DAYTON, Ohio — Americans are a generous lot. They give billions to charities every year, with nearly one-fifth of all donations being made in the month of December.
But generous givers can be vulnerable to scams, especially in the last month of the year when they often are inundated by nonprofits of all sizes.
“The average donor doesn’t realize how vast the nonprofit sector is,” said Sandra Miniutti of Charity Navigator, which monitors and ranks the largest charities. “There are actually 1 million public charities, the largest philanthropic presence in the history of the world.
“Just because an organization is a charity doesn’t mean it’s a good place for your investment. There’s not a lot of oversight by the federal government or the states, so it’s up to the donor to do their due diligence before they give.”
Charity Navigator has placed 174 charities on its “donor advisory” list, which means they have been investigated for illegal or unethical activities.
Charity Navigator says a sure red flag is when a nonprofit spends too much on fund-raising expenses and salaries. Its data show that seven out of 10 charities it has evaluated spend at least 75 percent of their budgets on programs and services — a benchmark for a diligent nonprofit.
“There’s loads of information out there,” said Ted Vander Roest, executive director of the Springfield Foundation. “Do a little research.”
Fund-raising this month got off to a strong start on Giving Tuesday, a global day of giving that is in its third year. Online donations on Giving Tuesday (the day after Cyber Monday) increased by 36 percent over last year. Blackbaud, which sells and services software for the nonprofit sector, processed $26.1 million in online donations, said Steve MacLaughlin, director of product management at Blackbaud.
“Things like Giving Tuesday start [the charitable season] off much earlier and are helpful,” MacLaughlin said. “It avoids procrastination, and there’s no evidence that it takes away from other charitable giving.”
The economic power of nonprofits is enormous. They accounted for 9.2 percent of all wages and salaries in the United States in 2010, according to The Nonprofit Almanac. Their share of the gross domestic product was 5.5 percent.
“They provide vital services that our government can’t or won’t provide,” Miniutti said.
Most of the revenue taken in by nonprofits is generated by services they provide. A whopping 73 percent of revenue comes from sources that include government fees and contracts, according to the National Center for Charitable Statistics.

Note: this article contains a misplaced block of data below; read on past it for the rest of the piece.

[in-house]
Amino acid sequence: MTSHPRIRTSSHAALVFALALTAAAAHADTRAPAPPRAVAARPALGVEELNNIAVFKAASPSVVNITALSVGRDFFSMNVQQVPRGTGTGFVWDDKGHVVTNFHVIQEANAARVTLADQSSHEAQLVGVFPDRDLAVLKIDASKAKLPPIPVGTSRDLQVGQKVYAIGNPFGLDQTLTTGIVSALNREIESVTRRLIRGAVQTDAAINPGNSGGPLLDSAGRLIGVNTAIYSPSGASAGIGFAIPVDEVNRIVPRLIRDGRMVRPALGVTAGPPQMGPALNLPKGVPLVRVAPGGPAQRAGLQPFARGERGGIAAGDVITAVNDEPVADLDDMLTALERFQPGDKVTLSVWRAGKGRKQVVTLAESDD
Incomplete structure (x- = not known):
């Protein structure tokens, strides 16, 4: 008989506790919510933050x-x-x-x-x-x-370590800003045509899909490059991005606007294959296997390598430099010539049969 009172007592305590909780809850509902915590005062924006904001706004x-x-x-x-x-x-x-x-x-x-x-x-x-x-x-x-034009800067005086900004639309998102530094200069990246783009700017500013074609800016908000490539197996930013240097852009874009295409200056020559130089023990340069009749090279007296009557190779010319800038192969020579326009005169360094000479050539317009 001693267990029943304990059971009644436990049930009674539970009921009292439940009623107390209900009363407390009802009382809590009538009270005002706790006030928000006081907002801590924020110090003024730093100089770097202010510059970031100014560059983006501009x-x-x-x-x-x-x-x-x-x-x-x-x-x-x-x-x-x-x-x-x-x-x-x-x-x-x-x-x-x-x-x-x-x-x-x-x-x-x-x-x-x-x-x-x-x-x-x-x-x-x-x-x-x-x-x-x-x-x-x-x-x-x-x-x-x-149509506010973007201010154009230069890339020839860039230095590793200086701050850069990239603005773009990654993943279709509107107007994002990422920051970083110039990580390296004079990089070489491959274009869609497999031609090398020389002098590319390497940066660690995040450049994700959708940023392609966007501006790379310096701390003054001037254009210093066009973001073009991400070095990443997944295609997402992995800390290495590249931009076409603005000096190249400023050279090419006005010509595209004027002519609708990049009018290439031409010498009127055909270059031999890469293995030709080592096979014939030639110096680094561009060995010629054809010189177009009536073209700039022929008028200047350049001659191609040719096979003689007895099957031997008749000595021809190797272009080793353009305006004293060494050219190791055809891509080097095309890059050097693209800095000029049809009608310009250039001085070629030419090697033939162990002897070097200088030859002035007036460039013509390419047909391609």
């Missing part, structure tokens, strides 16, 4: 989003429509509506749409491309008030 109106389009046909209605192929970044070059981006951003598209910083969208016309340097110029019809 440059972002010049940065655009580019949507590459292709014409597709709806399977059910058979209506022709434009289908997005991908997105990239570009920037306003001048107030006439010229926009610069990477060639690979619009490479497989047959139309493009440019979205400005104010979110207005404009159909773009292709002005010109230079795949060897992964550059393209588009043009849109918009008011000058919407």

But fund-raising at the local level is crucial. The Salvation Army is among the most visible charities at work this month, with bell-ringers collecting money that is the lifeblood of the organization.
The coins and dollars collected by the Salvation Army represent a tiny fraction of charitable donations nationwide. Giving has increased every year since 2009 after dipping during the Great Recession. An estimated $335 billion was donated by all sources in 2013 — a 41 percent increase from what was raised by nonprofits 10 years earlier.
One of the most recognizable nonprofits is the American Red Cross — with $3.3 billion in annual expenses. But even a brand name does not guarantee transparency and good stewardship of donations.
Pro Publica last week debunked a Red Cross claim that 91 cents of every dollar it receives goes toward services. The investigative website found that the organization’s fund-raising expenses alone have been as high as 26 percent in recent years. That does not include money spent on management and other expenses.
The Red Cross is one of more than 1.4 million tax-exempt organizations in the United States, according to the National Center for Charitable Statistics. Public charities account for 966,599 of nonprofits.
Those charities reported $1.65 trillion in total revenues in 2012, with 21 percent of the revenue coming from contributions, gifts, and grants.
Charitable giving is expected to rise for the fifth straight year in 2014, said Blackbaud’s MacLaughlin, who said about 18 percent of all contributions are made in December. The second-largest donation month is June, which marks the end of the fiscal year for many nonprofits.
Nonprofits and charities benefit from a spirit of giving that accompanies the holiday season, but they also see a spike in donations because of tax laws. To qualify for a tax deduction, contributions must be made by Dec. 31.
MacLaughlin said the last day of the year is easily the biggest day for online giving. The good news is many procrastinators do their homework on the best charities, as evidenced by the Web traffic on Charity Navigator’s site.
‘‘We actually see a huge spike in traffic on our website in the last few hours of the year,’’ Charity Navigator’s Miniutti said. ‘‘People are definitely waiting until the last moment.’’
Here are some tips for donating, from the Ohio Attorney General’s Office:
■ ■ Verify the organization’s tax-exempt status with the IRS. The IRS’s Exempt Organizations Select Check can be used to verify whether an organization has a valid 501(c)(3) or other tax-exempt designation.
■ ■ View the organization’s IRS Form 990 through GuideStar, www.guidestar.org.
Donors should be skeptical of:
■ ■ ■ Organizations that sound similar to other better-known organizations.
■ ■ Refusal to provide written information.
■ ■ Requests for checks made payable to a person instead of a charity.